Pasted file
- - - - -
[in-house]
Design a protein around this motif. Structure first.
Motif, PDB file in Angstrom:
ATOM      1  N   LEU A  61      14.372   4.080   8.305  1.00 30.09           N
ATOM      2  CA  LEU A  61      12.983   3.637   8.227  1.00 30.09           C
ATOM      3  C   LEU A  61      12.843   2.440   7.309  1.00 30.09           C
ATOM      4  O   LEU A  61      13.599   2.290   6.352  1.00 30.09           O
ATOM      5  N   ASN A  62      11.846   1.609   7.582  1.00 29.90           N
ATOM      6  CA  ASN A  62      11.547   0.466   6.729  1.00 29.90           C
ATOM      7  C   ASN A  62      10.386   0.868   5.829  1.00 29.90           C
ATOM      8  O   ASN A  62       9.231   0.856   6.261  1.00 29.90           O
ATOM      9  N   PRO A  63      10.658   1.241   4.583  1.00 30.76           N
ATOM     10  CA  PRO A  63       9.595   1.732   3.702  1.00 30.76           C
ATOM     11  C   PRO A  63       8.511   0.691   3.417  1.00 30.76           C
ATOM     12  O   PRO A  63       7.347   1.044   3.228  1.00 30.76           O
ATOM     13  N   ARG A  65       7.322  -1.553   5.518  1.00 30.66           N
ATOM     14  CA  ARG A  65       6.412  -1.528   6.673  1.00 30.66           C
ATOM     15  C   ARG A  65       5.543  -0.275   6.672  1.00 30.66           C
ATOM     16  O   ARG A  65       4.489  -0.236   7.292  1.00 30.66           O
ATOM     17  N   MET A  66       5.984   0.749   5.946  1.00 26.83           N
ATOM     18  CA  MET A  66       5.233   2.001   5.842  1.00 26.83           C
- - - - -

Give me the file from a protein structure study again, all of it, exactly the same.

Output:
[in-house]
Design a protein around this motif. Structure first.
Motif, PDB file in Angstrom:
ATOM      1  N   LEU A  61      14.372   4.080   8.305  1.00 30.09           N
ATOM      2  CA  LEU A  61      12.983   3.637   8.227  1.00 30.09           C
ATOM      3  C   LEU A  61      12.843   2.440   7.309  1.00 30.09           C
ATOM      4  O   LEU A  61      13.599   2.290   6.352  1.00 30.09           O
ATOM      5  N   ASN A  62      11.846   1.609   7.582  1.00 29.90           N
ATOM      6  CA  ASN A  62      11.547   0.466   6.729  1.00 29.90           C
ATOM      7  C   ASN A  62      10.386   0.868   5.829  1.00 29.90           C
ATOM      8  O   ASN A  62       9.231   0.856   6.261  1.00 29.90           O
ATOM      9  N   PRO A  63      10.658   1.241   4.583  1.00 30.76           N
ATOM     10  CA  PRO A  63       9.595   1.732   3.702  1.00 30.76           C
ATOM     11  C   PRO A  63       8.511   0.691   3.417  1.00 30.76           C
ATOM     12  O   PRO A  63       7.347   1.044   3.228  1.00 30.76           O
ATOM     13  N   ARG A  65       7.322  -1.553   5.518  1.00 30.66           N
ATOM     14  CA  ARG A  65       6.412  -1.528   6.673  1.00 30.66           C
ATOM     15  C   ARG A  65       5.543  -0.275   6.672  1.00 30.66           C
ATOM     16  O   ARG A  65       4.489  -0.236   7.292  1.00 30.66           O
ATOM     17  N   MET A  66       5.984   0.749   5.946  1.00 26.83           N
ATOM     18  CA  MET A  66       5.233   2.001   5.842  1.00 26.83           C